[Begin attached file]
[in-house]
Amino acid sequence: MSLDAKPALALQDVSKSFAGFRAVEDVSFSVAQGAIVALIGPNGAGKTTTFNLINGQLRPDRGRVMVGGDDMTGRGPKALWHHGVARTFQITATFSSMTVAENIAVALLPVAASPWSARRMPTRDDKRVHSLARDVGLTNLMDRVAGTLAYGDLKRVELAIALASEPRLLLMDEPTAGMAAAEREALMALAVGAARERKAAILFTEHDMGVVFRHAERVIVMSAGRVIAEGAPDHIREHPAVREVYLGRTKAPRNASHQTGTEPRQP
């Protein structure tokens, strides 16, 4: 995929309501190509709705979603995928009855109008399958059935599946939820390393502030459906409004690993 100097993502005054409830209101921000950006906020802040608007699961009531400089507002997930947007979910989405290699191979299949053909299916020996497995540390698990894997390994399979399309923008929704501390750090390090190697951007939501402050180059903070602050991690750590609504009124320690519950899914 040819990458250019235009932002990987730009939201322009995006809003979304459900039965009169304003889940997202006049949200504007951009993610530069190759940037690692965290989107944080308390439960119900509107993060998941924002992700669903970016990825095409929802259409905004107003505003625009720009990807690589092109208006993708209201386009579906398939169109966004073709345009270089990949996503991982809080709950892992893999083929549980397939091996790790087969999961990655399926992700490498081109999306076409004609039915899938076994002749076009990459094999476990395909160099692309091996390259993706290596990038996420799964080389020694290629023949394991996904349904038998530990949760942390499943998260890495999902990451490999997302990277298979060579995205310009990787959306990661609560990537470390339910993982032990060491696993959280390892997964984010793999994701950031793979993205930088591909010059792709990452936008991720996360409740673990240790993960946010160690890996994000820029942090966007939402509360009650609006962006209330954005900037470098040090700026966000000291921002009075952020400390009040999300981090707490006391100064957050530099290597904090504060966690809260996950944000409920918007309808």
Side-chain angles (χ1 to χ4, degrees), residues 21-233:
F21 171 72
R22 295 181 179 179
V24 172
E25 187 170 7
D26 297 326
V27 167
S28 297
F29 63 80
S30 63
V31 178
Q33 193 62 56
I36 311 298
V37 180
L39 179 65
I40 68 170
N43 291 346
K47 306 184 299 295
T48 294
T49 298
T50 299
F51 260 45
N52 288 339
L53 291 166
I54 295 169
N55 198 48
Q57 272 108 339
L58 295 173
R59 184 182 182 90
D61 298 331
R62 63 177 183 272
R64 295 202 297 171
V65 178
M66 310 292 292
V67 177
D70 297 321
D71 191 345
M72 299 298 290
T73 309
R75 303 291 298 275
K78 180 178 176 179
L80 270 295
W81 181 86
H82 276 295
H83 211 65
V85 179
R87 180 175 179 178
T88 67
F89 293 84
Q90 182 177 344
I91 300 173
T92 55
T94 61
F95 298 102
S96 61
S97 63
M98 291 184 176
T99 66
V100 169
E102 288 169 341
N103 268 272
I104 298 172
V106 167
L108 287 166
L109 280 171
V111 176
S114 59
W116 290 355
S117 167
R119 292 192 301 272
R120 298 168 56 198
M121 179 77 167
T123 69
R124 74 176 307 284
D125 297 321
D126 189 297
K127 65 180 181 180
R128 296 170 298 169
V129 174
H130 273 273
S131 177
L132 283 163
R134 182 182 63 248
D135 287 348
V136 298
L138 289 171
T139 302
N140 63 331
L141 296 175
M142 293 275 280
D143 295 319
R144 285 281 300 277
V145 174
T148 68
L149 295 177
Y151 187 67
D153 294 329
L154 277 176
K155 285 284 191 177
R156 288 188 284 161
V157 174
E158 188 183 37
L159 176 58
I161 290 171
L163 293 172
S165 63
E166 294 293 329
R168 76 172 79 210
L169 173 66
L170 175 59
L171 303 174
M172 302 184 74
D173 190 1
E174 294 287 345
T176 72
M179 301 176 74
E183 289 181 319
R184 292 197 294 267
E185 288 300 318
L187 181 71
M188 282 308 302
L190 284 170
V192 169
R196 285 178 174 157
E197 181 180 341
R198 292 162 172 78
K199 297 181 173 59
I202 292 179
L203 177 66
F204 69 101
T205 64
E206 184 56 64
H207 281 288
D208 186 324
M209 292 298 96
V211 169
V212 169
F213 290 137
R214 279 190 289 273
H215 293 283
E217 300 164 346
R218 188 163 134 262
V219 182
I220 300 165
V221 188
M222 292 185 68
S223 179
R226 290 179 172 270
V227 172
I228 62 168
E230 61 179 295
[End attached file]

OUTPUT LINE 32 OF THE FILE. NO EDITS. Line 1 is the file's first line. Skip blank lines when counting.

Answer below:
R59 184 182 182 90